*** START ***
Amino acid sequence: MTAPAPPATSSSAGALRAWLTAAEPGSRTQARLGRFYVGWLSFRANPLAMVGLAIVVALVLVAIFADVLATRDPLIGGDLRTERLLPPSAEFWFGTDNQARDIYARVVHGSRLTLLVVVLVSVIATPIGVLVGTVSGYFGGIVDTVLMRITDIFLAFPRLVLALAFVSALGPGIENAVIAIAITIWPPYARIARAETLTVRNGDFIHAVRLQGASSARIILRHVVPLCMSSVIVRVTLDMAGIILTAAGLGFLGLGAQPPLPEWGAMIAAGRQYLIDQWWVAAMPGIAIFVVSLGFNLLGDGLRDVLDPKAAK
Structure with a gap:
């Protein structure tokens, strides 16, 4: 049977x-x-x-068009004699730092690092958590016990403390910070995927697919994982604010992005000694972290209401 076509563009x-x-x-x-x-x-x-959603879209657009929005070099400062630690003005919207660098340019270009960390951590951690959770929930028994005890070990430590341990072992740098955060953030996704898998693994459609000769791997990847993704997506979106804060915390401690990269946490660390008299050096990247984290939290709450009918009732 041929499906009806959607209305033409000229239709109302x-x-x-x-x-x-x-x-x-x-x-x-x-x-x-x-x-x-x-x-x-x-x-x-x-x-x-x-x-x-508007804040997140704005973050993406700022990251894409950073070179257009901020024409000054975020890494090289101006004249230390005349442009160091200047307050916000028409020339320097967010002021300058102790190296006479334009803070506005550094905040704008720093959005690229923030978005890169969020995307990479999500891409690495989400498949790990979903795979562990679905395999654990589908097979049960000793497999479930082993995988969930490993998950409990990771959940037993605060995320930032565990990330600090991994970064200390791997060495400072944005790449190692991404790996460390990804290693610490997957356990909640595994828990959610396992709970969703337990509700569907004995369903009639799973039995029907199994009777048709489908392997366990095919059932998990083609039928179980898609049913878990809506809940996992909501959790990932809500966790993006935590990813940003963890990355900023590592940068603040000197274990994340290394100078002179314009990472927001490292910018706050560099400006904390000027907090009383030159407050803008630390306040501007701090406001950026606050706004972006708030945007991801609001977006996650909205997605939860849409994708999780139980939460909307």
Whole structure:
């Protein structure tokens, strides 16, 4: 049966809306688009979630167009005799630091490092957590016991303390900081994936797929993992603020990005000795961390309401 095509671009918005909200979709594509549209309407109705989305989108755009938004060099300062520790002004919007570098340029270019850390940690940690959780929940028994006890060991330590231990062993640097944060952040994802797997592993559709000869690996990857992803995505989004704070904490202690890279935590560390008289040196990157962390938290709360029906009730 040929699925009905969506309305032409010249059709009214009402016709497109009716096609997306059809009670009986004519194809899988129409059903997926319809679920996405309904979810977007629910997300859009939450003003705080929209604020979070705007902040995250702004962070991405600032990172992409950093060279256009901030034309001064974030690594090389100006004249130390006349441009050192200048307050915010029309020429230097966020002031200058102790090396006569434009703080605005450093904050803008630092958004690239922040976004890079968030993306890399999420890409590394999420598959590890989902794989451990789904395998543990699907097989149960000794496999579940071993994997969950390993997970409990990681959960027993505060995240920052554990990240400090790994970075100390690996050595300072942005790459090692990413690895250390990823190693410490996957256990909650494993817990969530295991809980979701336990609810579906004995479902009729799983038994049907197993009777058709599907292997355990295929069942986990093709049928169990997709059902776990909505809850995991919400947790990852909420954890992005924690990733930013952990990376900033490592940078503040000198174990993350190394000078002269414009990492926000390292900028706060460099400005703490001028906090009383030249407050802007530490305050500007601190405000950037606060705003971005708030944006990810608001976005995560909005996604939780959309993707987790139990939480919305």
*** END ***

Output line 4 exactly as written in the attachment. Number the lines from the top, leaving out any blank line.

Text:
Whole structure: